Members of the public are to be asked to provide blood samples from next month for a test which can tell them if they have had the coronavirus.
The screening for antibodies - which people who have recovered from the virus build up - is to be carried out at random to give the first indication what the rate of infection is in the population.
Although the number of confirmed cases of the virus stands at 24,315, the real number who have been infected is likely to run into hundreds of thousands, with some scientists believing around 6pc of the population may have had the virus so far.
Antibodies may provide immunity from re-infection, although the extent and duration of this is still unclear.
Other countries have used these tests to help plot their route out of lockdown.
And as more is discovered about the virus, it could provide some confidence as the country proceeds to riskier phases of the roadmap exiting lockdown, including the opening of pubs.
Dr Cillian De Gascun of the National Virus Reference Laboratory in UCD said he hopes to finalise the proposal and get ethical approval by the end of this month. The tests would then be rolled out from June.
A decision on which test should be used will be made next week.
He said: "The logistical arrangements are yet to be finalised. It will be a targeted representative sample of the population from distinct geographic areas.
"I would expect the final decision on the test to be used in the next week or so."
He said the sample would aim to be representative of the wider population in terms of age, gender, ethnicity and other factors.
It may involve two different regions - one of a high prevalence and one of a low prevalence.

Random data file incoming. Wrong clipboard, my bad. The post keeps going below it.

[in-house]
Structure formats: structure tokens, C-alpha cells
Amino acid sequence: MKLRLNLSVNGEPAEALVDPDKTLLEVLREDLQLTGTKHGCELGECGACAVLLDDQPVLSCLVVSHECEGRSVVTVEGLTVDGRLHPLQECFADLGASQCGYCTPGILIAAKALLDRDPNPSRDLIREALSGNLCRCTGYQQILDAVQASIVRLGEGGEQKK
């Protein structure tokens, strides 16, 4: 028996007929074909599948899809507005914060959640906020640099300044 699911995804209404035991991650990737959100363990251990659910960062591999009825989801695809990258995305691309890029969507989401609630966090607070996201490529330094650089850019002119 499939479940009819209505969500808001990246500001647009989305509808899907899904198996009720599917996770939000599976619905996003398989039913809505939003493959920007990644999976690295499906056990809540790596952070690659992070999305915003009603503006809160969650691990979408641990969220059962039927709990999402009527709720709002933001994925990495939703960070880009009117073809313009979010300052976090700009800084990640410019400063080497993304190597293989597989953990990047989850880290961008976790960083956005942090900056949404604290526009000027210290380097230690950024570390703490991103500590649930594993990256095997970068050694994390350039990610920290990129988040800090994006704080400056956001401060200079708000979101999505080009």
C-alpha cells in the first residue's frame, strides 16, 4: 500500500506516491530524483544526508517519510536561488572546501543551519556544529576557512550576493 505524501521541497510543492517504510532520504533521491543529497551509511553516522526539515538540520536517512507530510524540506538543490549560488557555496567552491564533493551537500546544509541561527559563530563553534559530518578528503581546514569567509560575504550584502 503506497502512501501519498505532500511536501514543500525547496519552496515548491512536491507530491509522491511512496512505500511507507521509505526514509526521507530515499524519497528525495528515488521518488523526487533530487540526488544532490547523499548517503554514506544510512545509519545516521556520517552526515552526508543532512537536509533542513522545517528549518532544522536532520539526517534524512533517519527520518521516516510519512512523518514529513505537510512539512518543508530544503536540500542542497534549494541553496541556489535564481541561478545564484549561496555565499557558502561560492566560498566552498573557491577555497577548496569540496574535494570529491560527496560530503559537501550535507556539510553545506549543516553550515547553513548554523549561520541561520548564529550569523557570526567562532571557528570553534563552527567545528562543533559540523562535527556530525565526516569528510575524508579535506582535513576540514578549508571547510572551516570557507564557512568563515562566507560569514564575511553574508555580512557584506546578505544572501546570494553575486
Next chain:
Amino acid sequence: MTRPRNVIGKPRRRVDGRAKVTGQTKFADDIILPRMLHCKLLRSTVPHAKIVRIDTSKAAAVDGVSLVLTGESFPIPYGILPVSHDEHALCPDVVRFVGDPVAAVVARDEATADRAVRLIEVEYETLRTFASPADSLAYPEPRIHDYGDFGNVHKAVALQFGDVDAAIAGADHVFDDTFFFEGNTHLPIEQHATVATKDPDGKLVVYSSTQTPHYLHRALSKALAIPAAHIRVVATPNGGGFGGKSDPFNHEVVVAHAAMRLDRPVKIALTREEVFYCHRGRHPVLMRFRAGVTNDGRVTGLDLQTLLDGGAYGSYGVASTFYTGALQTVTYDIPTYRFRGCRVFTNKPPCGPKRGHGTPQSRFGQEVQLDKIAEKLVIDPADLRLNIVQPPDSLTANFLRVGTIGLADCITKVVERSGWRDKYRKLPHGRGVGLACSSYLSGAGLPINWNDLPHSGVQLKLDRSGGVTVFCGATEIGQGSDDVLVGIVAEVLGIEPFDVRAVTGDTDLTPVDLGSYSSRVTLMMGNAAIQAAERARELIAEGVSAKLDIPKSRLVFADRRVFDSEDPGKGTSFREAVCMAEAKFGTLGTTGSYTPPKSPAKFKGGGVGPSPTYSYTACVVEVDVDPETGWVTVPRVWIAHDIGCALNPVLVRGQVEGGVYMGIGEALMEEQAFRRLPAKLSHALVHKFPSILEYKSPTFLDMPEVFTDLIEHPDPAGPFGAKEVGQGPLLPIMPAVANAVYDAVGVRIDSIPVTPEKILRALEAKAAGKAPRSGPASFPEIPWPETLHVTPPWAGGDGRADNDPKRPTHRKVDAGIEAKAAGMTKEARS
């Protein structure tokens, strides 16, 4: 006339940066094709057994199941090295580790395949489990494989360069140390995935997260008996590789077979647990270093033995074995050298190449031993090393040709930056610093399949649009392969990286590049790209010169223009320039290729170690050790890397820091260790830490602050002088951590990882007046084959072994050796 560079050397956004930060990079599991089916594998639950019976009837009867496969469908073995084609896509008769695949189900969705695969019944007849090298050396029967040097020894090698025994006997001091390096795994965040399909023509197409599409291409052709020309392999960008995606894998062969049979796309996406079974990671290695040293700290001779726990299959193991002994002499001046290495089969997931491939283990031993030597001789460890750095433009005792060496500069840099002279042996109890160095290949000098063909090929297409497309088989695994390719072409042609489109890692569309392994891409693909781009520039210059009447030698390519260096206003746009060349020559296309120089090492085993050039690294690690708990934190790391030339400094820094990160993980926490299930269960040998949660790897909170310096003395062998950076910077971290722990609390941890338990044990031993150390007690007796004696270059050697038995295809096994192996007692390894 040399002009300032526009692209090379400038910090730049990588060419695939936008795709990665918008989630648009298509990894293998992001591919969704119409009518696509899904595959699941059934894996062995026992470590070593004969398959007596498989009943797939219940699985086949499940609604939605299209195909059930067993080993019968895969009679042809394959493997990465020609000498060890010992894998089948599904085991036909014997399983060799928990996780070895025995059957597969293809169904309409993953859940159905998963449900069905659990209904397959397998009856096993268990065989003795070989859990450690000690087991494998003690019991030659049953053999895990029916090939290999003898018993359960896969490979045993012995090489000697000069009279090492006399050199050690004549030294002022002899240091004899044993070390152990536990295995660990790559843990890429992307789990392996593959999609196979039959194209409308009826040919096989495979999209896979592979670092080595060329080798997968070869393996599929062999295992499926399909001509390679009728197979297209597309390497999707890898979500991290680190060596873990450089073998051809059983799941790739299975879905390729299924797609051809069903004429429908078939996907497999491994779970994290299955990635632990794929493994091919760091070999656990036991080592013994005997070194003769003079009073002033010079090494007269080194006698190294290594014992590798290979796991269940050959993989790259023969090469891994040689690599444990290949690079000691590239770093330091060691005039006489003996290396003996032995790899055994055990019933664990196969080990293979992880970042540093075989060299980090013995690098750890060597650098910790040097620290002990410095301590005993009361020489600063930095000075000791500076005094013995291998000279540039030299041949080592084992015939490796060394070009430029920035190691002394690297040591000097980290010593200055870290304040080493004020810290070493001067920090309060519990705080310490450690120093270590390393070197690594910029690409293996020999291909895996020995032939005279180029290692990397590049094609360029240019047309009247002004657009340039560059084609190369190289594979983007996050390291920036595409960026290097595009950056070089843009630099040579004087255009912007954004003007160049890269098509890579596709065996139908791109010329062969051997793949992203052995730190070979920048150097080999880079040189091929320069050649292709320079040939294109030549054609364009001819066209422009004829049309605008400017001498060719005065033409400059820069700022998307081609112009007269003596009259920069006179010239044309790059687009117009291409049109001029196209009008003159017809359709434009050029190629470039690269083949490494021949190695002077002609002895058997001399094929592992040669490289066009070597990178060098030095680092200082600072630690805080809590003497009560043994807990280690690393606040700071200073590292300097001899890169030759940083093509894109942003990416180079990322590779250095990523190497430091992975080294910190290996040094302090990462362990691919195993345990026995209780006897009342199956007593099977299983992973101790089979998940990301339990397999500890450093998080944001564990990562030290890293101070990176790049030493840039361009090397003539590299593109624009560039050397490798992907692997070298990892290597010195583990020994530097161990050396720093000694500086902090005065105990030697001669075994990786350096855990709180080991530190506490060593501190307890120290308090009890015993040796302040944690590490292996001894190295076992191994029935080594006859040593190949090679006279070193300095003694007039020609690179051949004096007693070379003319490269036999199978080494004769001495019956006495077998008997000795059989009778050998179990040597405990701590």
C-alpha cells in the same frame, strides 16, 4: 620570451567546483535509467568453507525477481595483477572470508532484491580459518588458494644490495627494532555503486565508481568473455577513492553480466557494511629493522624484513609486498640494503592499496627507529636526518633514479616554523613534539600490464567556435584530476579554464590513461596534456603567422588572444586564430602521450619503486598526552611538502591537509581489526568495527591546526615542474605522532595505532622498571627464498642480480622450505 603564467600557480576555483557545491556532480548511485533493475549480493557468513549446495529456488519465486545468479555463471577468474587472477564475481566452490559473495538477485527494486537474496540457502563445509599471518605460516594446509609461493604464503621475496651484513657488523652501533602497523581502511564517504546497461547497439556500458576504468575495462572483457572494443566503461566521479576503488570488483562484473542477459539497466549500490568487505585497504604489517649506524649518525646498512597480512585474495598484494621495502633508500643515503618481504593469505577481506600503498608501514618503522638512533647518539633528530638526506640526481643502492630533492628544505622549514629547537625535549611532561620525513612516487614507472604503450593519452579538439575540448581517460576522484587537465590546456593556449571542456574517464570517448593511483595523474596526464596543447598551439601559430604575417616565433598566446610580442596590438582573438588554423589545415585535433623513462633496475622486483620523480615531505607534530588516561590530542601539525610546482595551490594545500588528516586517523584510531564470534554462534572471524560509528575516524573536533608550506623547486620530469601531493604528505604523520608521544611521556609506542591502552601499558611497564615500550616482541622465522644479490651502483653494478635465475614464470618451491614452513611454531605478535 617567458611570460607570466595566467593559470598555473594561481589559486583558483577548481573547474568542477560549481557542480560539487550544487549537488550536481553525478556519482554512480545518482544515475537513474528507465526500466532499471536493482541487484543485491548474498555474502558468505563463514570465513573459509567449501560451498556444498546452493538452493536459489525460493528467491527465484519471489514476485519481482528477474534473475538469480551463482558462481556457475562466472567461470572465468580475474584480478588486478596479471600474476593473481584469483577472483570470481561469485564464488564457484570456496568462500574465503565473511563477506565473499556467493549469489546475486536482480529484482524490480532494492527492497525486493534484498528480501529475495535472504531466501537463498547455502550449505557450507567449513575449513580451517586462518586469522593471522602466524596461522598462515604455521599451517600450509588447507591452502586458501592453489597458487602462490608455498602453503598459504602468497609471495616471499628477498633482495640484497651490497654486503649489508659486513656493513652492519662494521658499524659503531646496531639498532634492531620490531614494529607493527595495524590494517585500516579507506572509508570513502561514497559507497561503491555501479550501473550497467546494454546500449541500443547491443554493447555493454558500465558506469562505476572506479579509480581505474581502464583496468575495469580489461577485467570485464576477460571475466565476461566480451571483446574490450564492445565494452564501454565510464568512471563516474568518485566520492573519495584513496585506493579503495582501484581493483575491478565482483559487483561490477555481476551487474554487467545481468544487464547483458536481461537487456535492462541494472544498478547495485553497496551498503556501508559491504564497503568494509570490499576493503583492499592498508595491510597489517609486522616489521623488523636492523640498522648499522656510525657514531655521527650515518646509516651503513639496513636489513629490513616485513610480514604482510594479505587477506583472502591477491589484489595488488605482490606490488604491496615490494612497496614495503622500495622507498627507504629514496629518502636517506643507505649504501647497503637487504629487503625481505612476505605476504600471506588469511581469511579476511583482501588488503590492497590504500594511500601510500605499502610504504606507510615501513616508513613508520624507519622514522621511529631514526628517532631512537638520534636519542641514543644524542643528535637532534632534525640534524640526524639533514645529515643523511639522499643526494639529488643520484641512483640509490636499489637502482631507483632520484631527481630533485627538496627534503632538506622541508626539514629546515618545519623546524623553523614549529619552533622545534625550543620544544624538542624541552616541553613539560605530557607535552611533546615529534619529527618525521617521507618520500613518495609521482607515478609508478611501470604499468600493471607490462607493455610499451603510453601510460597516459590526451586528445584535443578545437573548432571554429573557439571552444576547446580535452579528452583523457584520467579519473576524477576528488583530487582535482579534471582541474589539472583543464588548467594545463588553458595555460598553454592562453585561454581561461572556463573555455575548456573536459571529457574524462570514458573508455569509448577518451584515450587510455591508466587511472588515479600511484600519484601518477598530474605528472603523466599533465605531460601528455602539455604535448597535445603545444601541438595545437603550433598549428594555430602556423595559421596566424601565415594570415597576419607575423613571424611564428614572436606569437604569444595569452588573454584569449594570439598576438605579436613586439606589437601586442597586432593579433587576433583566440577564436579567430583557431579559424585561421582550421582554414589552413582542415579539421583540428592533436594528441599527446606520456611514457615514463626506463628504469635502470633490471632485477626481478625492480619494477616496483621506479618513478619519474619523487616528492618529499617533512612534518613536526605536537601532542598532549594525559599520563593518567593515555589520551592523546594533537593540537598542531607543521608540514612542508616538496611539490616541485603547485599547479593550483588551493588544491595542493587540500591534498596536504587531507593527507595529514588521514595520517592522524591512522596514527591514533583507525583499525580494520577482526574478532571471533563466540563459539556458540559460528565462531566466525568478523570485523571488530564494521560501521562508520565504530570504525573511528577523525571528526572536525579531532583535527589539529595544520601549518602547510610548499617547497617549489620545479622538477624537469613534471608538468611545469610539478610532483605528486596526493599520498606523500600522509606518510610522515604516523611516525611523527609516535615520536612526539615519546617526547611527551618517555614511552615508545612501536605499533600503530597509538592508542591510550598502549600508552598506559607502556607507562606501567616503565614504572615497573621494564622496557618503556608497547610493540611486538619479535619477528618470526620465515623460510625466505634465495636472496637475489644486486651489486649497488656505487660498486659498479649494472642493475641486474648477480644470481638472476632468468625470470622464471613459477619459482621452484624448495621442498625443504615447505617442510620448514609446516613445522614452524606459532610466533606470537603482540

The first testing will provide a baseline to allow the exercise to be repeated at intervals in different geographical areas.
"An invitation will be made to the general public. We want to get a baseline first across the general population."
It has yet to be clarified how it will work in practice, but each person would get their own result.
A blood test is likely to be taken by a nurse or doctor and the result could be available on the same day.
The UK has already agreed to adopt a test made by the drug company Roche and has parked an earlier plan to provide kits to people's homes because, after assessment, it was found they could not be relied upon.
It is thought that many people here - up to 50pc of those who got the virus - were asymptomatic and unaware they had the infection.
Others would have felt sick and self-isolated at home but were not tested because only priority groups were eligible for a long time.
Scientists believe the majority of people who have had the virus have got some form of antibody response.
However, there are unknowns such as how strong the response was in people who were affected in a mild or asymptomatic way.
People who have the antibodies will continue to be expected to practise physical distancing and other safety precautions.
Over time it will become clearer if people can look forward to a long stretch without re-infection.
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